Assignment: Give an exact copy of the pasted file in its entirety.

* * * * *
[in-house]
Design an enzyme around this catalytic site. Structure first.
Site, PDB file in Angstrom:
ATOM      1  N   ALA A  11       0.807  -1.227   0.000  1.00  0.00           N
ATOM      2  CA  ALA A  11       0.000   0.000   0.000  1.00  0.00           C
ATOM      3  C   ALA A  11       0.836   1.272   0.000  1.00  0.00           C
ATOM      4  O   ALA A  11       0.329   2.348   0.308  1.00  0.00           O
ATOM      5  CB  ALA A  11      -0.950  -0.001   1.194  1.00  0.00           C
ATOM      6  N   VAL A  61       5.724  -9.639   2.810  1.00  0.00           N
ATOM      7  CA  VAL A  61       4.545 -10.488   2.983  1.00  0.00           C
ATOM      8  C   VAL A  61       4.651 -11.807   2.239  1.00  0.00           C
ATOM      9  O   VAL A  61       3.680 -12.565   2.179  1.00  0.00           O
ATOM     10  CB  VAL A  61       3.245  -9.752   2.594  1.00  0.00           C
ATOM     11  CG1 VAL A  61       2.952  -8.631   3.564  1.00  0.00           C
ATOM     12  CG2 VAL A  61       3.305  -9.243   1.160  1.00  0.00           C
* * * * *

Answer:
[in-house]
Design an enzyme around this catalytic site. Structure first.
Site, PDB file in Angstrom:
ATOM      1  N   ALA A  11       0.807  -1.227   0.000  1.00  0.00           N
ATOM      2  CA  ALA A  11       0.000   0.000   0.000  1.00  0.00           C
ATOM      3  C   ALA A  11       0.836   1.272   0.000  1.00  0.00           C
ATOM      4  O   ALA A  11       0.329   2.348   0.308  1.00  0.00           O
ATOM      5  CB  ALA A  11      -0.950  -0.001   1.194  1.00  0.00           C
ATOM      6  N   VAL A  61       5.724  -9.639   2.810  1.00  0.00           N
ATOM      7  CA  VAL A  61       4.545 -10.488   2.983  1.00  0.00           C
ATOM      8  C   VAL A  61       4.651 -11.807   2.239  1.00  0.00           C
ATOM      9  O   VAL A  61       3.680 -12.565   2.179  1.00  0.00           O
ATOM     10  CB  VAL A  61       3.245  -9.752   2.594  1.00  0.00           C
ATOM     11  CG1 VAL A  61       2.952  -8.631   3.564  1.00  0.00           C
ATOM     12  CG2 VAL A  61       3.305  -9.243   1.160  1.00  0.00           C